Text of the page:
Gaza news

Egypt arrests two Gaza fishermen

(AFP) Sep 14, 2013

Egyptian naval forces opened fire at Palestinian fishermen off the Gaza Strip’s southern coast and arrested two of them, the Islamist movement Hamas that rules the Palestinian enclave said.

Hamas “condemns the fire from Egyptian gunboats toward Palestinians within Palestinian waters, and the arrest of some of them,” movement spokesman Sami Abu Zuhri said in a statement.

A local security source said Egyptian navy forces opened fire at two fishermen in waters off the southern Gaza city Rafah and arrested them, noting there were no injuries in the incident.

This was the second time in recent weeks that Egyptian forces have opened fire at Gaza fishermen and made arrests. On August 30 two Palestinian fishermen were wounded and five others arrested by Egyptian navy forces, according to Hamas, which has ruled Gaza since 2007

And on Thursday, two Egyptian army tanks crossed an initial border fence leading to Gaza for the first time.


Rafah crossing closed for fourth consecutive day

Sep 14, 2013

“Egyptian authorities kept the Rafah crossing with Gaza closed for a fourth consecutive day on Saturday.

The Palestinian Authority ambassador to Egypt, Barakat al-Farra, urged Gazan students enrolled in Egyptian universities to send their details to the embassy in Cairo so that arrangements can be made to obtain special permits to allow students to cross into Egypt.

The ambassador told Ma’an that his team will contact Egyptian universities to try to delay examinations for Palestinian students who are not able to cross into the country.

The crossing is the only way most Palestinians in Gaza can enter or leave the territory. Israel imposes an air and sea blockade on the enclave, and its border is closed to Palestinians.”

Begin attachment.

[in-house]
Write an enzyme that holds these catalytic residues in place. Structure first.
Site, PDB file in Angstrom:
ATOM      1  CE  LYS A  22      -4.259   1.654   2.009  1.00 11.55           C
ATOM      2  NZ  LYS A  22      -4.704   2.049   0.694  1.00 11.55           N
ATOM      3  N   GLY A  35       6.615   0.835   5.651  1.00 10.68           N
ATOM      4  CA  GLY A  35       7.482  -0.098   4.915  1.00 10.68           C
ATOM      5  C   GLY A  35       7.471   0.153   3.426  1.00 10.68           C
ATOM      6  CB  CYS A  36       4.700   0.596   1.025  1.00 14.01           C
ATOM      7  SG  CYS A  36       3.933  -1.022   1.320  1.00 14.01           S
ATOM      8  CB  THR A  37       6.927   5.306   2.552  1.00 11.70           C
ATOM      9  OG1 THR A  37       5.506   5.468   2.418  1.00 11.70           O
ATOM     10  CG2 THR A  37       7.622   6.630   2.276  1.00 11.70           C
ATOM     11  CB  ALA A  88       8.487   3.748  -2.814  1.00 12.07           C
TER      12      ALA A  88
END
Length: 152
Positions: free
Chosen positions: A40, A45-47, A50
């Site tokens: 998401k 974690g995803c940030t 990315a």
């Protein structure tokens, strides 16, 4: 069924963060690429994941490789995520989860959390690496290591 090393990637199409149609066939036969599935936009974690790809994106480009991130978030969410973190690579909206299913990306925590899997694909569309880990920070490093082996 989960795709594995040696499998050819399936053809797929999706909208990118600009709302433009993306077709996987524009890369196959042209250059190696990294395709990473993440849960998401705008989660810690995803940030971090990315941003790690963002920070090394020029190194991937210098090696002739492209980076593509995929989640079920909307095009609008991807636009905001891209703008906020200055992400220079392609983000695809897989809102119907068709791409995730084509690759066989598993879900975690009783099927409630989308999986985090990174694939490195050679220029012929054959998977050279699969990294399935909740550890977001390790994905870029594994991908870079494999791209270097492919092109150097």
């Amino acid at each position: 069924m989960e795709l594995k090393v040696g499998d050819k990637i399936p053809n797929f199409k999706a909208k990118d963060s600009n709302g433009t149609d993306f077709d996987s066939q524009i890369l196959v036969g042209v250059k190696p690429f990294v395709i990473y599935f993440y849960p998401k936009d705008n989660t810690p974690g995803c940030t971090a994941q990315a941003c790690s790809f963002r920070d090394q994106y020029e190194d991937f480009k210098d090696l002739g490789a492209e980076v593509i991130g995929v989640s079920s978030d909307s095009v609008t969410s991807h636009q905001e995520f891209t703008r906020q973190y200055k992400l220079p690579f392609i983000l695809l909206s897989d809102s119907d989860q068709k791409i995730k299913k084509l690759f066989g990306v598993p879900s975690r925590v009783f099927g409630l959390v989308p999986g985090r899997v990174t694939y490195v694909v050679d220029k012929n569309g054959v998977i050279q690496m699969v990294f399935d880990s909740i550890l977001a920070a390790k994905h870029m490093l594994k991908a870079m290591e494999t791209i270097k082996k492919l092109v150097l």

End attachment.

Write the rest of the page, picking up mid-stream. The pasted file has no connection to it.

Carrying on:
Egypt tanks cross fence leading to Gaza

Sep 13, 2013

(AFP) — Two Egyptian army tanks crossed an initial border fence leading to Gaza for the first time on Thursday, witnesses said, but did not enter the Palestinian territory itself.

Gaza’s Hamas rulers neither confirmed nor denied the incursion, but said no Egyptian tanks had entered the besieged Strip.

The tanks “crossed the first Egyptian border fence along the corridor between Egypt and (Gaza), and drove along the road running next to the cement wall” that Egypt built, the witnesses said.

They said it was the “first time Egyptian tanks have been in this area, although they didn’t cross into the Palestinian side,” adding that soldiers on top of the tanks had masked faces.

A spokesman for Gaza’s Hamas government, Ihab al-Ghassin, said that no Egyptian tanks had crossed onto the Israeli-blockaded territory.

Hamas’s interior ministry spokesman Islam Shahwan said the movement’s “security forces denied entry to any Egyptian tanks,” but gave no further details.


Israel exploits Egypt turmoil to increase attacks on Gaza farmers

Joe Catron, Sep 12, 2013

Farming in the Gaza Strip’s “buffer zone” is hazardous under the best circumstances. Israeli troops routinely shoot live ammunition at Palestinian farmers in the free-fire area, which stretches hundreds of meters into the besieged territory from the barrier separating it and Israel, and invade their fields with tanks and bulldozers.